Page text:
Suspicion, when once afloat, goes with wind and tide, and soon becomes certainty. Many a stormy night was the little man in black seen by the flashes of lightning, frisking and curvetting in the air upon a broomstick; and it was always observed, that at those times the storm did more mischief than at any other. The old lady in particular, who suggested the humane ordeal of the boiling kettle, lost, on one of these occasions, a fine brindle cow; which accident was entirely ascribed to the vengeance of the little man in black. If ever a mischievous hireling rode his master's favourite horse to a distant frolic, and the animal was observed to be lame and jaded in the morning,—the little man in black was sure to be at the bottom of the affair; nor could a high wind howl through the village at night, but the old women shrugged up their shoulders, and observed, "the little man in black was in his tantrums." In short, he became the bugbear of every house; and was as effectual in frightening little children into obedience and hysterics, as the redoubtable Raw-head-and-bloody-bones himself; nor could a housewife of the village sleep in peace, except under the guardianship of a horse-shoe nailed to the door.

The object of these direful suspicions remained for some time totally ignorant of the wonderful quandary he had occasioned; but he was soon doomed to feel its effects. An individual who is once so unfortunate as to incur the odium of a village, is in a great measure out-lawed and proscribed, and becomes a mark for injury and insult; particularly if he has not the power or the disposition to recriminate.—The little venomous passions, which in the great world are dissipated and weakened by being widely diffused, act in the narrow limits of a country town with collected vigour, and become rancorous in proportion as they are confined in their sphere of action. The little man in black experienced the truth of this; every mischievous urchin returning from school had full liberty to break his windows; and this was considered as a most daring exploit; for in such awe did they stand of him, that the most adventurous schoolboy was never seen to approach his threshold, and at night would prefer going round by the cross-roads, where a traveller had been murdered by the Indians, rather than pass by the door of his forlorn habitation.

The only living creature that seemed to have any care or affection for this deserted being was an old turnspit,— the companion of this lonely mansion and his solitary wanderings;—the sharer of his scanty meals, and, sorry am I to say it,—the sharer of his persecutions. The turnspit, like his master, was peaceable and inoffensive; never known to bark at a horse, to growl at a traveller, or to quarrel with the dogs of the neighbourhood. He followed close by his master's heels when he went out, and when he returned stretched himself in the sunbeams at the door; demeaning himself in all things like a civil and well disposed turnspit. But notwithstanding his exemplary deportment, he fell likewise under the ill report of the village; as being the familiar of the little man in black, and the evil spirit that presided at his incantations. The old hovel was considered as the scene of their unhallowed rites, and its harmless tenants regarded with a detestation which their inoffensive conduct never merited. Though pelted and jeered at by the brats of the village, and frequently abused by their parents, the little man in black never turned to rebuke them; and his faithful dog, when wantonly assaulted, looked up wistfully in his master's face, and there learned a lesson of patience and forbearance.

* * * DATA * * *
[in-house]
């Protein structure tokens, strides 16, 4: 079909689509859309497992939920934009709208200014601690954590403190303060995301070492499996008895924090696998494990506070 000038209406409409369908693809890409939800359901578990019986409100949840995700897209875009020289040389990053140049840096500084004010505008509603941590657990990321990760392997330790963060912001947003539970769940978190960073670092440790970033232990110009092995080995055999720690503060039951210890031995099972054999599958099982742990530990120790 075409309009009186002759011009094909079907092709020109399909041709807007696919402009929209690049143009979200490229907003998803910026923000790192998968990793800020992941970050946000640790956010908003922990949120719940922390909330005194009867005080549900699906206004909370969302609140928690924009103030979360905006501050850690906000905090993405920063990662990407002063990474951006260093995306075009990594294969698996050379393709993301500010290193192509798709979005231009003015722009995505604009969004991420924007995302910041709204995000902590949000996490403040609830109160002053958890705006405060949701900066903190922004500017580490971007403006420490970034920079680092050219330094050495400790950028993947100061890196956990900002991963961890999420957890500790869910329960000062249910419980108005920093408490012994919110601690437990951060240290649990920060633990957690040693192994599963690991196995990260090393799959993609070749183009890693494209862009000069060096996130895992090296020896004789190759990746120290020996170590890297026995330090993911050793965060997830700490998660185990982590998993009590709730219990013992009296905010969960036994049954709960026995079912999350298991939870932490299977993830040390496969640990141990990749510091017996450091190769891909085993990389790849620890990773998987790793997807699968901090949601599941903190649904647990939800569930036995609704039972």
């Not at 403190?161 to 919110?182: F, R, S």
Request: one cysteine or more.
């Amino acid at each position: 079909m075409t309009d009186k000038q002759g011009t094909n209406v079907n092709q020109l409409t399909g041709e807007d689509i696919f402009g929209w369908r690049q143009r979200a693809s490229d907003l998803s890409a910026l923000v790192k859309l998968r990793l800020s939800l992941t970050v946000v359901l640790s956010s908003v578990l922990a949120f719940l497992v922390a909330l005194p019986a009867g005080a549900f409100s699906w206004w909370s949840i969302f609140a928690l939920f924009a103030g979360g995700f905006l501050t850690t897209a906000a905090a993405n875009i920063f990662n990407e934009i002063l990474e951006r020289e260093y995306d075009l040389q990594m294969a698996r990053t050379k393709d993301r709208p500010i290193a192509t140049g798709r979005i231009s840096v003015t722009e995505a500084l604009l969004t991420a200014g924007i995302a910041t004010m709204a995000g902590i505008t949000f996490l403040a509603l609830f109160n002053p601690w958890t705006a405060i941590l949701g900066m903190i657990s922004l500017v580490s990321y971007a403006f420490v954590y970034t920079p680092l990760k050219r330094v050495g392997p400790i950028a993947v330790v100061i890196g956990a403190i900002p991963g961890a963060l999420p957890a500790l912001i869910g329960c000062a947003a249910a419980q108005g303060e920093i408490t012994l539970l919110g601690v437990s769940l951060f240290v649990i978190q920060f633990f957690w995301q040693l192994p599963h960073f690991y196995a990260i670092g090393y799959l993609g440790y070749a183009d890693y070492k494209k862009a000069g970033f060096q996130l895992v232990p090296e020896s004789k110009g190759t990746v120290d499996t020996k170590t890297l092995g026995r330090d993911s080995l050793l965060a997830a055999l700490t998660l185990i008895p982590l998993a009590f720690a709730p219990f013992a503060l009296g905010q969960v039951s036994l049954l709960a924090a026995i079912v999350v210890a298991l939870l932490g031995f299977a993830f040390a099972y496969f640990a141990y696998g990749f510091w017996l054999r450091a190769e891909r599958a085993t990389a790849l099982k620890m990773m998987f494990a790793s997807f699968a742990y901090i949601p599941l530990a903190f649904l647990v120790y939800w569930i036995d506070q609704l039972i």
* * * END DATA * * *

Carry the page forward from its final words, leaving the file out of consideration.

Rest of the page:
The movements of this inscrutable being had long been the subject of speculation at Cockloft-hall, for its inmates were full as much given to wondering as their descendants. The patience with which he bore his persecutions particularly surprised them—for patience is a virtue but little known in the Cockloft family. My grandmother, who, it appears, was rather superstitious, saw, in this humility, nothing but the gloomy sullenness of a wizard, who restrained himself for the present, in hopes of midnight vengeance—the parson of the village, who was a man of some reading, pronounced it the stubborn insensibility of a stoic philosopher—my grandfather, who, worthy soul, seldom wandered abroad in search of conclusions, took datum from his own excellent heart, and regarded it as the humble forgiveness of a Christian. But however different were their opinions as to the character of the stranger, they agreed in one particular, namely, in never intruding upon his solitude; and my grandmother, who was at that time nursing my mother, never left the room without wisely putting the large family bible in the cradle—a sure talisman, in her opinion, against witchcraft and necromancy.

One stormy windy night, when a bleak north-east wind moaned about the cottages, and howled around the village steeple, my grandfather was returning from club preceded by a servant with a lantern. Just as he arrived opposite the desolate abode of the little man in black, he was arrested by the piteous howling of a dog, which, heard in the pauses of a storm, was exquisitely mournful; and he fancied now and then that he caught the low and broken groans of some one in distress. He stopped for some minutes, hesitating between the benevolence of his heart and a sensation of genuine delicacy, which, in spite of his eccentricity, he fully possessed,—and which forbade him to pry into the concerns of his neighbours. Perhaps, too, this hesitation might have been strengthened by a little taint of superstition; or surely, if the unknown had been addicted to witchcraft, this was a most propitious night for his vagaries. At length the old gentleman's philanthropy predominated; he approached the hovel, and pushing open the door,—for poverty has no occasion for locks and keys,—beheld, by the light of the lantern, a scene that smote his generous heart to the core.